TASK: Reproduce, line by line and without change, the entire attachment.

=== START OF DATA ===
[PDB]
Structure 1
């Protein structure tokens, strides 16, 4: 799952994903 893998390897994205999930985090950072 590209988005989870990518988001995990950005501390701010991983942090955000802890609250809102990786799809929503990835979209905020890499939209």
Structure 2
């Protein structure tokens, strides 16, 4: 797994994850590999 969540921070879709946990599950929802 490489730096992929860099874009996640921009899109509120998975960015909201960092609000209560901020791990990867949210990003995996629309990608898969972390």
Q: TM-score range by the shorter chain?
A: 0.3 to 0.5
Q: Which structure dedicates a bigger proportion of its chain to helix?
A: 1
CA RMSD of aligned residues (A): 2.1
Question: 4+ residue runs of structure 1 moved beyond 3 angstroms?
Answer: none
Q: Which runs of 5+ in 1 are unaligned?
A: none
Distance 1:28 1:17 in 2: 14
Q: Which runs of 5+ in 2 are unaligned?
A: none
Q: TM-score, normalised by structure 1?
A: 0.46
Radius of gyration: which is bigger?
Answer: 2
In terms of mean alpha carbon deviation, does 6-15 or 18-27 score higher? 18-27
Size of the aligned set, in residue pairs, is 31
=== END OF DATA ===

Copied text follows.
[PDB]
Structure 1
């Protein structure tokens, strides 16, 4: 799952994903 893998390897994205999930985090950072 590209988005989870990518988001995990950005501390701010991983942090955000802890609250809102990786799809929503990835979209905020890499939209």
Structure 2
């Protein structure tokens, strides 16, 4: 797994994850590999 969540921070879709946990599950929802 490489730096992929860099874009996640921009899109509120998975960015909201960092609000209560901020791990990867949210990003995996629309990608898969972390």
Q: TM-score range by the shorter chain?
A: 0.3 to 0.5
Q: Which structure dedicates a bigger proportion of its chain to helix?
A: 1
CA RMSD of aligned residues (A): 2.1
Question: 4+ residue runs of structure 1 moved beyond 3 angstroms?
Answer: none
Q: Which runs of 5+ in 1 are unaligned?
A: none
Distance 1:28 1:17 in 2: 14
Q: Which runs of 5+ in 2 are unaligned?
A: none
Q: TM-score, normalised by structure 1?
A: 0.46
Radius of gyration: which is bigger?
Answer: 2
In terms of mean alpha carbon deviation, does 6-15 or 18-27 score higher? 18-27
Size of the aligned set, in residue pairs, is 31